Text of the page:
Vivek Ramaswamy ends presidential bid following Iowa caucuses

Republican presidential candidate Vivek Ramaswamy has suspended his campaign and is throwing his support behind former President Trump after falling short at Monday’s Iowa Caucuses, Fox News Digital has confirmed.

Ramsaswamy kicked off his remarks Monday by telling his supporters his campaign was “founded on speaking the truth not just when it’s easy but when it’s hard.”

“It is true that we did not achieve the surprise that we wanted to deliver tonight,” Ramaswamy said. “As of this moment, we are going to suspend this presidential campaign.”

“Earlier tonight, I called Donald Trump to tell him that I congratulate him on his victory. And now going forward, he will have my full endorsement for the presidency,” he later said. 

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Ramaswamy earned roughly 8% support among caucusgoers, trailing behind both Florida Gov. Ron DeSantis and former U.N. Ambassador Nikki Haley finishing at second and third each at roughly 20% while Trump shattered contested caucus records earning more than 50% of the vote. 

Ramaswamy, who entered the race in February of last year with virtually zero name recognition, outlasted several big-name Republicans including former New Jersey Gov. Chris Christie, South Carolina Sen. Tim Scott and former Vice President Mike Pence.  

Vivek Ramaswamy announced he was suspending his presidential bid following the results of Monday’s Iowa Caucuses. (Micah Green/Bloomberg via Getty Images)

A big focus of his campaign was restoring America’s identity and his call to demolish the bureaucratic state by dramatically cutting the size of federal government. The 38-year-old also argued that Republicans needed to elect a candidate with “fresh legs” in an attempt to draw contrast between himself and 77-year-old Trump, who he had regularly declared the “greatest president” of his lifetime. 

While the Iowa caucuses didn’t go his way, it wasn’t because Ramaswamy didn’t put the effort in. His campaign touted that he had completed the “Full Grassley” twice, meaning he had visited all of Iowa’s 99 counties at least two times. And he held more campaign events than any other candidate running in the Hawkeye State. Ramaswamy, a multimillionaire, largely funded his own campaign. 

Even Trump himself appeared to be threatened by Ramaswamy in the late stages of the race, attacking him on Truth Social within days of the Iowa Caucuses. 

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Vivek Ramaswamy, Donald Trump

Throughout the campaign, Ramaswamy was one of the biggest defenders of former President Trump, who attacked the 38-year-old GOP hopeful just days before the Iowa Caucuses. (Getty Images)

The biotech entrepreneur began earning attention in conservative circles with the release of his 2021 book “Woke, Inc.,” which put a spotlight on how identity politics and social justice movements have plagued corporations. But he started becoming a household name for his bombastic performances at the Republican debates, sparring with several of the establishment-friendly GOP candidates, especially Haley, who he had branded as “corrupt” on a notepad he held up in what quickly became a meme on social media.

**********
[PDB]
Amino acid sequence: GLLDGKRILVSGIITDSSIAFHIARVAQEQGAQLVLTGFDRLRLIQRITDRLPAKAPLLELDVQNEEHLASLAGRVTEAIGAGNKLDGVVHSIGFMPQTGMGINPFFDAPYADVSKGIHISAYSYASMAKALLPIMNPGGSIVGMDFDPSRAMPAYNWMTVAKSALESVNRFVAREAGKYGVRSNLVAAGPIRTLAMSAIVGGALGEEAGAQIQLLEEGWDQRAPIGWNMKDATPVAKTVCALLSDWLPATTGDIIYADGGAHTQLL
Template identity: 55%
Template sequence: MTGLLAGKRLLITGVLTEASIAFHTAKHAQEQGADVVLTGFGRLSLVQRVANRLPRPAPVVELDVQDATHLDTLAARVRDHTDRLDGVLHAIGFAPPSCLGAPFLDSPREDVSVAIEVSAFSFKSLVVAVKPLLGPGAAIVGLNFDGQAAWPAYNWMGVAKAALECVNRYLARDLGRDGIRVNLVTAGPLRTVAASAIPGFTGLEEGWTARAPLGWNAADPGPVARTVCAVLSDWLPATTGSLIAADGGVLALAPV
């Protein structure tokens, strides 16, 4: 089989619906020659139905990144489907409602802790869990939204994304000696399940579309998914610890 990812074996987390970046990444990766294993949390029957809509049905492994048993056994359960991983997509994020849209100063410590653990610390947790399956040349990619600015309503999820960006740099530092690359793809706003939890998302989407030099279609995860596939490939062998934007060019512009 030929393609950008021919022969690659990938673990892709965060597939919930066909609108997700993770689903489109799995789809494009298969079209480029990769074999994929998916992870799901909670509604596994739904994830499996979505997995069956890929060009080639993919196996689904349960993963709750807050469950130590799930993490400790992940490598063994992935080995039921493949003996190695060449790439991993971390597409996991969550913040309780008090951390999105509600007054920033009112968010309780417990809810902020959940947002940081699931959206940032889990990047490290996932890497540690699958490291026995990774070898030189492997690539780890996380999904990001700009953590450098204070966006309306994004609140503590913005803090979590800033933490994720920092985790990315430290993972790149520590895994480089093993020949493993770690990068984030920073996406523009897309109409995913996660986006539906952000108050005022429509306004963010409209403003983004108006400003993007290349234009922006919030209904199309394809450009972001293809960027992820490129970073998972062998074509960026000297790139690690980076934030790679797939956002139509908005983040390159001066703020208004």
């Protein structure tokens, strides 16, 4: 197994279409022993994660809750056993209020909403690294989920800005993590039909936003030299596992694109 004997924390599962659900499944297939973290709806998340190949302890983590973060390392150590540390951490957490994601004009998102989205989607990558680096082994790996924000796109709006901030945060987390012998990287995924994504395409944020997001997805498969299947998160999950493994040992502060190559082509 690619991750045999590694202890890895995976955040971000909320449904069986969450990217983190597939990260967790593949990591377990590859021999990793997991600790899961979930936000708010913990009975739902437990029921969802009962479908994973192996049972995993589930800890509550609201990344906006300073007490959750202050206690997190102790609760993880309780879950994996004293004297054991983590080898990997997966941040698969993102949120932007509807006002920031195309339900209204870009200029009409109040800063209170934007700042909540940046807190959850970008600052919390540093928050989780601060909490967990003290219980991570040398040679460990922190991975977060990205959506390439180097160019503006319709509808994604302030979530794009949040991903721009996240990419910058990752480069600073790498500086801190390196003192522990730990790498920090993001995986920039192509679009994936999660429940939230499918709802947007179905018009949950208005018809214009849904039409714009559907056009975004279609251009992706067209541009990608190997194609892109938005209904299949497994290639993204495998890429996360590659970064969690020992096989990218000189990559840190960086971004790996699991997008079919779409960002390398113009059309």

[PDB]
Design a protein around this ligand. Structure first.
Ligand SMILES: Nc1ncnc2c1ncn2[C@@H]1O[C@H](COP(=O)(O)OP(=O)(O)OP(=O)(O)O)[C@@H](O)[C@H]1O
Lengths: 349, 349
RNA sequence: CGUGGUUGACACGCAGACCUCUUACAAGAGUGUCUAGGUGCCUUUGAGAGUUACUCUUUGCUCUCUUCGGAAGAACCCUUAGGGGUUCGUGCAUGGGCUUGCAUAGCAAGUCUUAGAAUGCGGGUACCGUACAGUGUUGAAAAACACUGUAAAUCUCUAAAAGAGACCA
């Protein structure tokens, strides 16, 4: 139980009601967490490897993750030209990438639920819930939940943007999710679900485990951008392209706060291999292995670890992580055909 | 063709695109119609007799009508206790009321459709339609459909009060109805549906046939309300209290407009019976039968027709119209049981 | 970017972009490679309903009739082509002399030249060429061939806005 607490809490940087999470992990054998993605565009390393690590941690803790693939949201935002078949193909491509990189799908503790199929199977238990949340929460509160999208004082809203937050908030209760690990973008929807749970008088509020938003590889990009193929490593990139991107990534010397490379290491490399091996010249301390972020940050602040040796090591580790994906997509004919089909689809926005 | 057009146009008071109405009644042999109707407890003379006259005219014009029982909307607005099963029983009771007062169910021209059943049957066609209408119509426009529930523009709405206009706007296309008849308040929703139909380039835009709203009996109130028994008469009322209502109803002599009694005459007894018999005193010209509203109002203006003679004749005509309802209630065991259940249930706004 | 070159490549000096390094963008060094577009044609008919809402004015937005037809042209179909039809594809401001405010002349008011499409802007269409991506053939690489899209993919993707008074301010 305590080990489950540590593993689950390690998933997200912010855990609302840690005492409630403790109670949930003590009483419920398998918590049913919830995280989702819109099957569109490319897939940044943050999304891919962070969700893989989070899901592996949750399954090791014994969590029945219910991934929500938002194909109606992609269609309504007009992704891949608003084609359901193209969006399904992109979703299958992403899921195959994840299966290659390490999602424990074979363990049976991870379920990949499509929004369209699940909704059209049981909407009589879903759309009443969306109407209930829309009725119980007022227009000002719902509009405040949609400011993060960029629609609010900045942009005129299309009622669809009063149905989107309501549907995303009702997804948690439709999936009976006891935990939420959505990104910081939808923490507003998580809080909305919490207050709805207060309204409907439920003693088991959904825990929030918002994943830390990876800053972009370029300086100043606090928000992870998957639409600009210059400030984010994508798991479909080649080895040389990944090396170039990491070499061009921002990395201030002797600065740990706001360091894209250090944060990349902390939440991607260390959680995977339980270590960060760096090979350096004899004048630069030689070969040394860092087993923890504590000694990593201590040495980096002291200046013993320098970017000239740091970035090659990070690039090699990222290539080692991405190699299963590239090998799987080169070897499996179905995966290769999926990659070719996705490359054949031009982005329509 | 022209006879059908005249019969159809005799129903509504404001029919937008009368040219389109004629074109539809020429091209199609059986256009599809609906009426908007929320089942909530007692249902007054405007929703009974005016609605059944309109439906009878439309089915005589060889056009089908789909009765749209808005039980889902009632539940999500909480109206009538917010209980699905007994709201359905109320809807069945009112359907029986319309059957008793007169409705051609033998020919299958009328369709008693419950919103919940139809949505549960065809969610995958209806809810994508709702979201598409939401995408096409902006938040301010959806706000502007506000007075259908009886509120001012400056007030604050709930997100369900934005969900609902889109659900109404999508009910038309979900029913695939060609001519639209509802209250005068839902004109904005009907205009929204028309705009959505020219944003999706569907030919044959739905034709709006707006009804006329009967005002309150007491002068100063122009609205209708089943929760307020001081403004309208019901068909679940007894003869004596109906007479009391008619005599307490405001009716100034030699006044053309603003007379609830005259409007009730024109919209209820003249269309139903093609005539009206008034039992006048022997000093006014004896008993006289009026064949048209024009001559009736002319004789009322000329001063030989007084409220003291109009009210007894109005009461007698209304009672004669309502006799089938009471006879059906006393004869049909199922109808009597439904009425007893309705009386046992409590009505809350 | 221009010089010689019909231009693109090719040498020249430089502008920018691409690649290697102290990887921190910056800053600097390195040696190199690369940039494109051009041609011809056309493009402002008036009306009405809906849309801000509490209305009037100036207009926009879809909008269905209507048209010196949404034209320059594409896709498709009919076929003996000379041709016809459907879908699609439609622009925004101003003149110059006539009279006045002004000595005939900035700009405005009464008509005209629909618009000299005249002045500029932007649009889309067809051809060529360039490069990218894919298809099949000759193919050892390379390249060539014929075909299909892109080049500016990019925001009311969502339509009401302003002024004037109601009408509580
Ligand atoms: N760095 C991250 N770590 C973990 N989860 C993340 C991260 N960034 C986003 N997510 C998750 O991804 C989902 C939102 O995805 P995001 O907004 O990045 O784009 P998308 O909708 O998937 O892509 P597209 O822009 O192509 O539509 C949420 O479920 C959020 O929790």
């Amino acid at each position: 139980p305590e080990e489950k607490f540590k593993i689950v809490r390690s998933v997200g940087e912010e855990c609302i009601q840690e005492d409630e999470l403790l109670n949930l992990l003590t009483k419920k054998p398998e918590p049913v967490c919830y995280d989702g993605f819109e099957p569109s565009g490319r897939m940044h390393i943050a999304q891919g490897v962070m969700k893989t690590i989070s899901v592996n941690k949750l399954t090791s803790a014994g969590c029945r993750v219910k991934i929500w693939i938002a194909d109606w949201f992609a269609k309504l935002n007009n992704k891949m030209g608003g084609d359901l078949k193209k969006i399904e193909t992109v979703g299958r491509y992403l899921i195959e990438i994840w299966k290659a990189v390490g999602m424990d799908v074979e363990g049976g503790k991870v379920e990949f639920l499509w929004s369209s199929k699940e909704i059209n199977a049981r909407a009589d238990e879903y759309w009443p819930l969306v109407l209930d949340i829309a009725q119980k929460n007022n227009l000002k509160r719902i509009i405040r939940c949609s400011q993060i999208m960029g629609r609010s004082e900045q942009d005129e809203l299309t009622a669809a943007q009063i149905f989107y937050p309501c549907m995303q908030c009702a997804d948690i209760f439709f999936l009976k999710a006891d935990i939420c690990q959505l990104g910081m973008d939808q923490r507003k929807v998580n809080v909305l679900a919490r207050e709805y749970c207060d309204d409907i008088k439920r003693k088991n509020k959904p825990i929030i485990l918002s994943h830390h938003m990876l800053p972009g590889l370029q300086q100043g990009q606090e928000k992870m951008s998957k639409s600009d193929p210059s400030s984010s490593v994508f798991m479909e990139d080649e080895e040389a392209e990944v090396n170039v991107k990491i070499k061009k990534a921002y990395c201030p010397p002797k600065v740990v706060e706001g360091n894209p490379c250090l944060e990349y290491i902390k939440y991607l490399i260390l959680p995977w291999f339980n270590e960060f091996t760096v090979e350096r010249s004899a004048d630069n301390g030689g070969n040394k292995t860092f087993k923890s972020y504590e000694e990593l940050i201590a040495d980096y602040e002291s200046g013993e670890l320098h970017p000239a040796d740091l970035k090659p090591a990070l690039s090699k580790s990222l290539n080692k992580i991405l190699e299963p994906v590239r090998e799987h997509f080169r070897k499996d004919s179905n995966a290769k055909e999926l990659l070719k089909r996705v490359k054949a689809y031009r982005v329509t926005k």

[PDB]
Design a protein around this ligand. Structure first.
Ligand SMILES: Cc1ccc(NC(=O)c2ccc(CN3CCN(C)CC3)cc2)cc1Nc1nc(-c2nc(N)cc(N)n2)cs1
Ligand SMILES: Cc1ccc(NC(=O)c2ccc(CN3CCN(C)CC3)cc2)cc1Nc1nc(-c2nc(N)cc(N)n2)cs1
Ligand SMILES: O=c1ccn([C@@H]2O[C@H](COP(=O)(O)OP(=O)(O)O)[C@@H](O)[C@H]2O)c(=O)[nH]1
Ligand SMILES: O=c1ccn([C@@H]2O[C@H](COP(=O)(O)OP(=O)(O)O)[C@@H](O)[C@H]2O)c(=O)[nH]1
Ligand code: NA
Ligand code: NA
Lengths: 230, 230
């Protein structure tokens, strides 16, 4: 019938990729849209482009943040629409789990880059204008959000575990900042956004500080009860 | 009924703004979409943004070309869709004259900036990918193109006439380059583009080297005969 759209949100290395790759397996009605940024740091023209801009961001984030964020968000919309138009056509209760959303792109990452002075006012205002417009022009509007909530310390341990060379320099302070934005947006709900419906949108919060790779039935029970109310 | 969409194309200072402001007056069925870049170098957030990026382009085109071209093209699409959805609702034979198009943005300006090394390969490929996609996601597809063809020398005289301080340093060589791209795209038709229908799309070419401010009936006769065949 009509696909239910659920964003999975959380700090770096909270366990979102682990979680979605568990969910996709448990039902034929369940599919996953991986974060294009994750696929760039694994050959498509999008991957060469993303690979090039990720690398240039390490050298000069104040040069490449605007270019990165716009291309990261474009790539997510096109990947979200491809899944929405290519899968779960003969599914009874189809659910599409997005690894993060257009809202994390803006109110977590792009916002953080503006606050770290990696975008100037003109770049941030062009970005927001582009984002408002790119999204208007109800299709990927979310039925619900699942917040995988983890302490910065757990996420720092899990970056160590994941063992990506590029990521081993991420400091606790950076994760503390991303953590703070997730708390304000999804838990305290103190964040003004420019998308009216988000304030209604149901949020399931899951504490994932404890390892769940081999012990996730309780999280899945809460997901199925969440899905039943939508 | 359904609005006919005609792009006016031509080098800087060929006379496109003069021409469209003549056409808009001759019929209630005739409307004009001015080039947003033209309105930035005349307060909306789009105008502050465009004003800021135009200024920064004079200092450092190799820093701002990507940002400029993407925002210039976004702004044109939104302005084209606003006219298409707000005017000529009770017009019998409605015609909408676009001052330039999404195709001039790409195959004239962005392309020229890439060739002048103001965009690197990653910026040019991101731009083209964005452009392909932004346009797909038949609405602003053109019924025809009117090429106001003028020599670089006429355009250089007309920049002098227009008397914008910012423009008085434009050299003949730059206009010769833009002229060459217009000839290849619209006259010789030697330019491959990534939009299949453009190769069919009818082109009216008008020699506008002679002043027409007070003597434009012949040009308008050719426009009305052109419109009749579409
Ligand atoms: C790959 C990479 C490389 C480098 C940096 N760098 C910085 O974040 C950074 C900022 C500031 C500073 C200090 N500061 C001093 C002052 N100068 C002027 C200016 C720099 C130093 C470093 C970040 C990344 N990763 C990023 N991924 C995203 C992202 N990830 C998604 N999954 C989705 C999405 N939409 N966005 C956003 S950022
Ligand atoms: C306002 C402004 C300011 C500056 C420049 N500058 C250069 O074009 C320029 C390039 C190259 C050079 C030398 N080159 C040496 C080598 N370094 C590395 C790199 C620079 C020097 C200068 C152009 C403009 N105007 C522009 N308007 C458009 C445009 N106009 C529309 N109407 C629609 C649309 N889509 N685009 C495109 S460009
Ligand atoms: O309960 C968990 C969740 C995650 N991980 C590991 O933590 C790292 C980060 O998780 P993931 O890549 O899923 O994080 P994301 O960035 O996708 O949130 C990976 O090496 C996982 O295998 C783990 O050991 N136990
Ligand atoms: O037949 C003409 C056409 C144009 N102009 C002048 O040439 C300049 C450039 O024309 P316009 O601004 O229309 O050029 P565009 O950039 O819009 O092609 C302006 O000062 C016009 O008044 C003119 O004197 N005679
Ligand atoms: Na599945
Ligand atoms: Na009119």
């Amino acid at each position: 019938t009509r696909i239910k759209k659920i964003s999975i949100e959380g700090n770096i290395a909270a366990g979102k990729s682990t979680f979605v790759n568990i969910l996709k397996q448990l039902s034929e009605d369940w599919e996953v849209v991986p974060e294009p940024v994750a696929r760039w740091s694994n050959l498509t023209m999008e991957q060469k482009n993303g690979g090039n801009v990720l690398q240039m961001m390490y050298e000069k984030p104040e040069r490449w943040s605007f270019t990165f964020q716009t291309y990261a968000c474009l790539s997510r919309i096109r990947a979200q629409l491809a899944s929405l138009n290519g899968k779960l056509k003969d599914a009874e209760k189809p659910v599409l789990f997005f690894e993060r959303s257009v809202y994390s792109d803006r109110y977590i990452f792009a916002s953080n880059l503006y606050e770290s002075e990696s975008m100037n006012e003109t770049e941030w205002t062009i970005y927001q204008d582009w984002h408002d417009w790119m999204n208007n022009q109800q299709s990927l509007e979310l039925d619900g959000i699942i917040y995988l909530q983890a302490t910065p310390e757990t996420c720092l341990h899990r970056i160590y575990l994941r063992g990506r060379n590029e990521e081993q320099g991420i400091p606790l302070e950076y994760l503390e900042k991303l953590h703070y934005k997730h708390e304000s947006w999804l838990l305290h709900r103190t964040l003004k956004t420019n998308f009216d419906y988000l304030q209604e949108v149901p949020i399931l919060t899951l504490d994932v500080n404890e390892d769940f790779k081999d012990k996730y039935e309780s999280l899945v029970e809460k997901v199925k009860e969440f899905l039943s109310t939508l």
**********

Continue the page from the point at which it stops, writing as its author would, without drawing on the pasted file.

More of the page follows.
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Ramaswamy’s rise in the polls throughout 2023 may be credited to his embrace of media appearances, rarely saying no to an invitation regardless of the size of the platform and how adversary the outlet, while other candidates were more cautious when it came to granting interviews. 

The young political outsider was widely praised for how he would engage with hostile attendees at campaign events who would confront him on issues like abortion, climate change and trans issues, often becoming viral moments with Ramaswamy being heralded as an effective communicator. He was also cheered on by the conservative base for his combative exchanges with members of the legacy media.

Fourth Republican presidential debate

Ramaswamy became known for his brash style at the GOP debates, repeatedly sparring with former U.N. Ambassador Nikki Haley. (JIM WATSON/AFP via Getty Images)

Critics hit Ramaswamy for constantly defending Trump amid his legal woes and showering him with praise throughout his candidacy, so much so that Ramaswamy was accused of being a de facto Trump surrogate in the race. He faced accusations of being a flip-flopper on various issues like his views of Jan. 6. Ramaswamy was also heavily targeted by GOP rivals for his foreign policy positions during the debates. 

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Ramaswamy was frequently joined on the campaign trail by his surgeon wife Apoorva and their two young boys. He often spoke about how his Hindu faith was aligned with the values of Evangelical Christian voters in the state. 

While his White House aspirations were cut short in 2024, many believe Ramaswamy has a long future in conservative politics, with some thinking he will land a spot in Trump’s cabinet and others predicting another presidential bid in the not too distant future. 

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